31. Gamers want games made specifically for them, not games made for anyone and everyone

32. Don’t underestimate how much effort it takes to get attention… it’s often 3x more effort than you think

33. Even if your game is free, has 200 hrs of content, amazing story, fun mechanics, you still have to fight through obscurity

34. Biggest challenge and frustration gamers have with indie games is “slop developers”, the low quality in indie games, and “copy cat games” that follow trends

35. No idea what to say in your blog? What makes you so passionate about your sub-genre? Passion will fuel your creativity (again, don’t talk about game dev)

36. It’s counter intuitive, but don’t ask for a gamer to buy your game right away… build a relationship first

37. If you want to build an audience then focus on “Evergreen Content” that is found via organic search (i.e. blogs, Youtube, Reddit). Don’t focus on “News-Based Content” (i.e. TikTok, Twitter). News-based content is not ideal when building long-term traffic and a hard-core fan base because people who consume news-based content only want that dopamine / serotonin rush and don’t necessarily care about the content itself

38. Your game is intuitive to you, but not to your gamer… show them how to play your game because education is great marketing and great content for your blog or YouTube channel

39. How do you discover great books, stories, movies that have already been launched or published? Word of mouth, right? Publish “Evergreen Content” because this content keeps working for you in the long-run to generate word-of-mouth AFTER your game launches

40. You need both market research (what players want right now) AND innovation (what players don’t know what they want yet)… balance both

41. When it comes to marketing: Action = Traction. Talk about your game everyday. But again, not about game dev… and focus on “Evergreen Content”. Not easy to do, I know… but marketing is as vital to your game as is coding and art

42. Most important parts of your game isn’t the features… but what advantages the gamer’s get from those features

43. Gamers are novel seeking by nature… they are attracted to the new and novel… focus on how you’re trying to do something new. BUT!!!! Remember, desires don’t change, payers want old desires fulfilled in NEW ways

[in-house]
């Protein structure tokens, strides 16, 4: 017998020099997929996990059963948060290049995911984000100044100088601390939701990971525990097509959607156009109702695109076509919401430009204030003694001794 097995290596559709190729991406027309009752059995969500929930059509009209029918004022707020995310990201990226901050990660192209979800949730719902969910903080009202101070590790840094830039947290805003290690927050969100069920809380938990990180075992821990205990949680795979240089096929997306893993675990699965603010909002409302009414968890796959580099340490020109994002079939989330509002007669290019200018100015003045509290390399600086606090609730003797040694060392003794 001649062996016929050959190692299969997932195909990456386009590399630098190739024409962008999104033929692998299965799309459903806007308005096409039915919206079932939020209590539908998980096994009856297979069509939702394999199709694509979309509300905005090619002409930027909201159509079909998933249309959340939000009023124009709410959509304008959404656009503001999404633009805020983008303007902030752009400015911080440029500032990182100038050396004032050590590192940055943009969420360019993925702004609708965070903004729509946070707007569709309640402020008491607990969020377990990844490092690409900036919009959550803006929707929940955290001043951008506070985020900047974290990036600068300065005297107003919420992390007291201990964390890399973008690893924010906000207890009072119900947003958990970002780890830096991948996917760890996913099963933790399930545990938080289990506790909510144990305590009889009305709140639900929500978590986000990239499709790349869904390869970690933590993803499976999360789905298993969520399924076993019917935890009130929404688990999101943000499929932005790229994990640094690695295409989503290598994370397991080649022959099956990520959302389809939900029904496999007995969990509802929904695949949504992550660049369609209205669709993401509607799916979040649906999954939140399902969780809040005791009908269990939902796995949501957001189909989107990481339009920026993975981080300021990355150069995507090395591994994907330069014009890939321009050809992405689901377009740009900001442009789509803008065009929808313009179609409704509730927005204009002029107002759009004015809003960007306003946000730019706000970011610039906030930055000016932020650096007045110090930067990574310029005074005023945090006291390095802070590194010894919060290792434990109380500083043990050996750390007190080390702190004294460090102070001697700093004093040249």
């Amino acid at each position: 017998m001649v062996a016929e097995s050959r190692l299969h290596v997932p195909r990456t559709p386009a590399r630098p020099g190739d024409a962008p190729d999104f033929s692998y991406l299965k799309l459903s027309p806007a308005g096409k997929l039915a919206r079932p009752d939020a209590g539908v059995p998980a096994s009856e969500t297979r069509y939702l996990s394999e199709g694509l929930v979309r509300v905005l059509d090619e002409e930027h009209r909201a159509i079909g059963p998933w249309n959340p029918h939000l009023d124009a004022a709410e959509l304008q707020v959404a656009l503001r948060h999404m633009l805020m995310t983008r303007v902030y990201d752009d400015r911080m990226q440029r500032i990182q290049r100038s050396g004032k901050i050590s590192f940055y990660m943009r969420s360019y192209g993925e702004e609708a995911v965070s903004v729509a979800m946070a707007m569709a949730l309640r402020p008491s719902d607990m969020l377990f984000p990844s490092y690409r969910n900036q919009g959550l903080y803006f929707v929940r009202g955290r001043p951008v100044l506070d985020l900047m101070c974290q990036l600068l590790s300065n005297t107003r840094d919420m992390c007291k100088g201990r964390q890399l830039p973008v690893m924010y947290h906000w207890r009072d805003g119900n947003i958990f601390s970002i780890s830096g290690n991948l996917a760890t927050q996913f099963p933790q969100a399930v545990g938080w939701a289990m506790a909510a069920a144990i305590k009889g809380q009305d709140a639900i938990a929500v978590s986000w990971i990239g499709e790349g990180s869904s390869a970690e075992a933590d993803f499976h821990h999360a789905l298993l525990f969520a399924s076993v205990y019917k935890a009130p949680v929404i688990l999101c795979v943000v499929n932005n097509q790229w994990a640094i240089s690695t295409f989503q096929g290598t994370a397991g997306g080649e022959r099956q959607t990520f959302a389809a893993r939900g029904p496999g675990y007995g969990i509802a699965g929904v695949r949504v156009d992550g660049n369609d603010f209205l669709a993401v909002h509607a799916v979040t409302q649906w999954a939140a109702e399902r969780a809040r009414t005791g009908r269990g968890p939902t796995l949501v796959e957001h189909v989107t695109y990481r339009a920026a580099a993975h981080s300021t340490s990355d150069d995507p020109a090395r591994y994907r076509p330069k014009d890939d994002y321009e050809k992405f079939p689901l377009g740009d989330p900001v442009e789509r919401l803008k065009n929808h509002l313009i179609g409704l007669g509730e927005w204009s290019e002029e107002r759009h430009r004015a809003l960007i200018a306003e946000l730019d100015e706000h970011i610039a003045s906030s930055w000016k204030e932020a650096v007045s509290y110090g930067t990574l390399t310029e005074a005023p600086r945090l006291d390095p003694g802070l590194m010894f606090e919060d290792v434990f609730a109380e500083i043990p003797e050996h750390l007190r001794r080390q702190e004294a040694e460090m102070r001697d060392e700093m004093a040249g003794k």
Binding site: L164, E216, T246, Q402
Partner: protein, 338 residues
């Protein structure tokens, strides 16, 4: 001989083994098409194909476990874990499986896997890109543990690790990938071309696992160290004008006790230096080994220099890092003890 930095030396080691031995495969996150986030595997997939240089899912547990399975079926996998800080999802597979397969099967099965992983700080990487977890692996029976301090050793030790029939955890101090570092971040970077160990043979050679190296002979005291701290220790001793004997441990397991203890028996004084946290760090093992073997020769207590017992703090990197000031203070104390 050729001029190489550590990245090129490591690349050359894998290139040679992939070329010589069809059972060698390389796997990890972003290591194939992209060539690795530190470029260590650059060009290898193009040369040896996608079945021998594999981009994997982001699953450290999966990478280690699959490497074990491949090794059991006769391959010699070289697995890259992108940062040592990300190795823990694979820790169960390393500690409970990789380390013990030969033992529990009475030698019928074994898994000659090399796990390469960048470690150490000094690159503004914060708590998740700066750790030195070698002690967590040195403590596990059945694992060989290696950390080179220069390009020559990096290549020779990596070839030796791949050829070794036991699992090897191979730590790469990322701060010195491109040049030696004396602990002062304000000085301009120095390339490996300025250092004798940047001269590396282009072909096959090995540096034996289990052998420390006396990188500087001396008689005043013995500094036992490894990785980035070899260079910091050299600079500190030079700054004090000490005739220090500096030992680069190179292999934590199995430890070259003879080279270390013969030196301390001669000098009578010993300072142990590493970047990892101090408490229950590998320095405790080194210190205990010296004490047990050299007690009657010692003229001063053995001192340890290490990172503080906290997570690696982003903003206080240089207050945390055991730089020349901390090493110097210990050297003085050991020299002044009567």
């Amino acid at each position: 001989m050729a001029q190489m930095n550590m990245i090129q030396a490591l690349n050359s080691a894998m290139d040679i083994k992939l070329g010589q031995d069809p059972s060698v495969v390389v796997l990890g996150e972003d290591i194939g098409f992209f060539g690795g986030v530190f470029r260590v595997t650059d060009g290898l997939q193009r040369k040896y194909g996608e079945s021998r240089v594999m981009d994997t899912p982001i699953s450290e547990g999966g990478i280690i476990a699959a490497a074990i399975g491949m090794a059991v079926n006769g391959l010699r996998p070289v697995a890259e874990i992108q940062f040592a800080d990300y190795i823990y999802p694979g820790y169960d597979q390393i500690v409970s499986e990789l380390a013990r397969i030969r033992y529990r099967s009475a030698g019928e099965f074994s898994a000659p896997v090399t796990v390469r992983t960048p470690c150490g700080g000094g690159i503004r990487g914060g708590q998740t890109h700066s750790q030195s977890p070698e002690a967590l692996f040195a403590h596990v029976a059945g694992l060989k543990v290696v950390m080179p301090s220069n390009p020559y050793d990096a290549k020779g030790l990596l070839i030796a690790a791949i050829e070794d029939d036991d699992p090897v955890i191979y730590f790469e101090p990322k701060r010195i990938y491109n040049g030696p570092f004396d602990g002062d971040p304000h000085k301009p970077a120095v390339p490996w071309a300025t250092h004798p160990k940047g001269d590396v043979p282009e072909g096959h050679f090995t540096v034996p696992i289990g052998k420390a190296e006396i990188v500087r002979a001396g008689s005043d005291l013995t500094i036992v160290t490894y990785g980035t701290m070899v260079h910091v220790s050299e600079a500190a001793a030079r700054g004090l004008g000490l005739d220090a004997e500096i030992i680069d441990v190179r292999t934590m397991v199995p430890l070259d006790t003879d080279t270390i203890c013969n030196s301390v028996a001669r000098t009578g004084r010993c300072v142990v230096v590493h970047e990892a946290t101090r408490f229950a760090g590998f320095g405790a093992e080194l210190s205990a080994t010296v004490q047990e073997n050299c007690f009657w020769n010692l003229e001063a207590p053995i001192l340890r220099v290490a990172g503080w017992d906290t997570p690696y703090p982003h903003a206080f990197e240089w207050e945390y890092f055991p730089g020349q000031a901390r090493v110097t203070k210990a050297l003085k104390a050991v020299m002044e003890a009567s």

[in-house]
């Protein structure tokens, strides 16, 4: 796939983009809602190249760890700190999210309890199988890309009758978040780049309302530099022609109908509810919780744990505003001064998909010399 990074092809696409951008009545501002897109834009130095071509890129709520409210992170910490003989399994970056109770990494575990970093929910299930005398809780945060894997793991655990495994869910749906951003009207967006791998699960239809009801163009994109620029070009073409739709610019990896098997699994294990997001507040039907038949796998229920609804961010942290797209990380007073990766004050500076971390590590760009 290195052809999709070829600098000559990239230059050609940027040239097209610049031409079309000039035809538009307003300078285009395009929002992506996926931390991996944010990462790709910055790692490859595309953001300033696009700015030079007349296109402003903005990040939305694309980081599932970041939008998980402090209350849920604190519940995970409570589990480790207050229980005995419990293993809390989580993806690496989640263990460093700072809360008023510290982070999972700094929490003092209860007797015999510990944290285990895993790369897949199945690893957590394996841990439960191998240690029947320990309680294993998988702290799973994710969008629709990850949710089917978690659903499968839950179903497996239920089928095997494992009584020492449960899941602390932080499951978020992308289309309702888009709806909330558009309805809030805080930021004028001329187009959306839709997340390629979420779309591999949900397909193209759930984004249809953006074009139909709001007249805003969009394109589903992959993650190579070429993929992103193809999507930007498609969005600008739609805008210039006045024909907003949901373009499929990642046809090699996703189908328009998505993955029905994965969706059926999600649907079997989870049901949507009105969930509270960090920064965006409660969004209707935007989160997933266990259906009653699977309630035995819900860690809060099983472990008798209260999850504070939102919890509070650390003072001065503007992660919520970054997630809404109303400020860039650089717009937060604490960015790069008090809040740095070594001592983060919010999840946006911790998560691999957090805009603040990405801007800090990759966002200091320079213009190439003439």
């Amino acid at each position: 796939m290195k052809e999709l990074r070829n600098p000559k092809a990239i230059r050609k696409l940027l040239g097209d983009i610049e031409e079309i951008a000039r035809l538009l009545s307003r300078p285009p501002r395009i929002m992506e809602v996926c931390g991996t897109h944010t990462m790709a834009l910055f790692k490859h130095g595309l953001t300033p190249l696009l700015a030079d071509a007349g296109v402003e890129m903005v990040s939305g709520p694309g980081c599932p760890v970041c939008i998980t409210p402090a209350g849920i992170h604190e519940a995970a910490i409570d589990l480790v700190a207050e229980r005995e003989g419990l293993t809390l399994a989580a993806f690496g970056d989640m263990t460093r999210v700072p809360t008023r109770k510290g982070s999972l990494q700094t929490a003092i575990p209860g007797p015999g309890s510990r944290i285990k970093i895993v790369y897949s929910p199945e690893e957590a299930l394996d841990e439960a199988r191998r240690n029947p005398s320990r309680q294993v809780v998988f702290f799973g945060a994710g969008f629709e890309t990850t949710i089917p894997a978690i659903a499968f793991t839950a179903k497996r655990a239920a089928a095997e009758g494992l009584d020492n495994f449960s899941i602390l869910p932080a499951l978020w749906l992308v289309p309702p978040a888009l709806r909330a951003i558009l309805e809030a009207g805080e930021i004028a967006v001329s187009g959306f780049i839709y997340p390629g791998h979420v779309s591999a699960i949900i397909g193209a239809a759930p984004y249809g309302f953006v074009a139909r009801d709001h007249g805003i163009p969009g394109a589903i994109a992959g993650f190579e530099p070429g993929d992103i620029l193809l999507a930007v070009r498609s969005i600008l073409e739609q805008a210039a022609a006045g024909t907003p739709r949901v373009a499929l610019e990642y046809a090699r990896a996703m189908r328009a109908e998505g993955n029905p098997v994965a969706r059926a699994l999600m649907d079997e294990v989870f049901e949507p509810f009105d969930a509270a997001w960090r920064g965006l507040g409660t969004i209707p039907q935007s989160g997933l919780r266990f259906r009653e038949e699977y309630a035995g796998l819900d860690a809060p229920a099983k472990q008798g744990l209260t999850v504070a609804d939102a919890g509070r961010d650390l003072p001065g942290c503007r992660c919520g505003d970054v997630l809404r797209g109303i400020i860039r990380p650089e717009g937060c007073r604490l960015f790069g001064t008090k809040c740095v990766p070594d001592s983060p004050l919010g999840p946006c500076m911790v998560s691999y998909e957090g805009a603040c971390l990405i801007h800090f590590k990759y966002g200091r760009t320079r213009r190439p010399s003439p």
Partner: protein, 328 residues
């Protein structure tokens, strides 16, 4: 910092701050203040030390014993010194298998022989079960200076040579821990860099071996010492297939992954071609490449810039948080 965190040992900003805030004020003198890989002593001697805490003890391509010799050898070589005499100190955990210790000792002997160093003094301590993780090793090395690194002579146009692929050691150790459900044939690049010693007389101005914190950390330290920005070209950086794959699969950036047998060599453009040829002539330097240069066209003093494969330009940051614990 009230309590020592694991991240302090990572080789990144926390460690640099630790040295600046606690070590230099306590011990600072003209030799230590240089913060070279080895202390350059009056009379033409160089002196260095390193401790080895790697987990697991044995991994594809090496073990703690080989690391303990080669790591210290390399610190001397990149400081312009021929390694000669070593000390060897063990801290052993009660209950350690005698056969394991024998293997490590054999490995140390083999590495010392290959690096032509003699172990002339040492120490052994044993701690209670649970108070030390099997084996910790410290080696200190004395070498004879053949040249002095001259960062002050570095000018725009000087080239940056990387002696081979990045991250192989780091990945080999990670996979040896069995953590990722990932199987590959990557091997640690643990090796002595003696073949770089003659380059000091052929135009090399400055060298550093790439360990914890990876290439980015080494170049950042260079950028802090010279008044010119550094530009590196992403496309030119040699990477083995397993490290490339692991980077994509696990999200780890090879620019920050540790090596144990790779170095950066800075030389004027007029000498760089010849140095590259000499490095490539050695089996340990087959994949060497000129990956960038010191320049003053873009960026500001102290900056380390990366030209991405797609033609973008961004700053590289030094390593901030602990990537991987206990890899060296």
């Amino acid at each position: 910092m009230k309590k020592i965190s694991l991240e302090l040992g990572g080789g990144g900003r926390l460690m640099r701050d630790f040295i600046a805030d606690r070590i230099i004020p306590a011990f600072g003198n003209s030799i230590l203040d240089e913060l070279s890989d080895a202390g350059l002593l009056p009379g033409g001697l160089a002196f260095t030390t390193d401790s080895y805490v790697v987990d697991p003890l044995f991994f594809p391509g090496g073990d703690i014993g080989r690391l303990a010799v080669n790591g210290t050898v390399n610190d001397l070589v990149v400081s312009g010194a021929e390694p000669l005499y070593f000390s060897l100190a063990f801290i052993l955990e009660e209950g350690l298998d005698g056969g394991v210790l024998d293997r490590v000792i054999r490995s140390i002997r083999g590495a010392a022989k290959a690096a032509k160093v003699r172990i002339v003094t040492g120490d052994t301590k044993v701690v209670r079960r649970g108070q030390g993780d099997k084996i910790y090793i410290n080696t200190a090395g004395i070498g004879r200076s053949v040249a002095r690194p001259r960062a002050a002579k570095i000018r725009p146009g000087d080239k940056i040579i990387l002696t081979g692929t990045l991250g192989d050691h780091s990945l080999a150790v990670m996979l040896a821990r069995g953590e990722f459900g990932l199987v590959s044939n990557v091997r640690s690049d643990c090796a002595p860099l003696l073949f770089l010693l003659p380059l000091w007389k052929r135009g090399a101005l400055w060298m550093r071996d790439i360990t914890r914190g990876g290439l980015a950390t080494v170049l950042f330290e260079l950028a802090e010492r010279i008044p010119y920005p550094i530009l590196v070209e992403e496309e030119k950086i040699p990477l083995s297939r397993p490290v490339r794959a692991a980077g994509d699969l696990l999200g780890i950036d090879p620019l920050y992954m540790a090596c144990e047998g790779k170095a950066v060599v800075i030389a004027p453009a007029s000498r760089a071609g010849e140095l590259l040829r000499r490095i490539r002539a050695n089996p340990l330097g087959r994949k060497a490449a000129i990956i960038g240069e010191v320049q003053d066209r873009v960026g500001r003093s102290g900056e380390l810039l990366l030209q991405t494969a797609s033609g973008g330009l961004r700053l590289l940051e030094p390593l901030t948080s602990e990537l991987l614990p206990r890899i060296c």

44. Simple, free, grassroots marketing is still very effective for new game studios who don’t have millions to spend on PR and branding

45. What are gamers mostly interested in? Themselves… put the spotlight on them and you’ll get attention

46. Marketing starts in the product planning phase when you haven’t even wrote your first code or drawn your first pixel… find what players want and are NOT getting, and make a game around those wants and needs

47. Two reasons why somebody didn’t buy your game: 1) lack of familiarity and 2) lack of relationship. You need to develop a relationship with players first before you ask them to buy

48. Finishing your indie game is only half the achievement, the other half is selling it

Want me to help you with any of these 48 marketing tips? Then take advantage of this free offer…

if Your Game Launches In A Few Weeks And You Only Have 129 Wishlists, Here’s What To Do To Grow Your Audience and Have A Successful Launch…

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  • What your player wants so that way you can create content that grab’s their attention
  • Optimize your Steam Store page so that more people wishlist your game
  • How to drive MORE traffic to your Steam page using attention-grabbing content
  • How to develop a relationship with streamers and game journalists even though you’re a small indie dev with no connections
  • How to build “word-of-mouth” for free so that your fans do the marketing for your

This is a FREE 6 week course. Each week you’ll get an insight that is easy to understand. And you’ll get a step-by-step guide showing you how how to execute that insight. And after 6 weeks, the goal is to help you grow your wishlist.

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Thanks! And looking forward to helping you find players!

Later,

Dariusz Konrad
Port Stanley, Ontario
Canada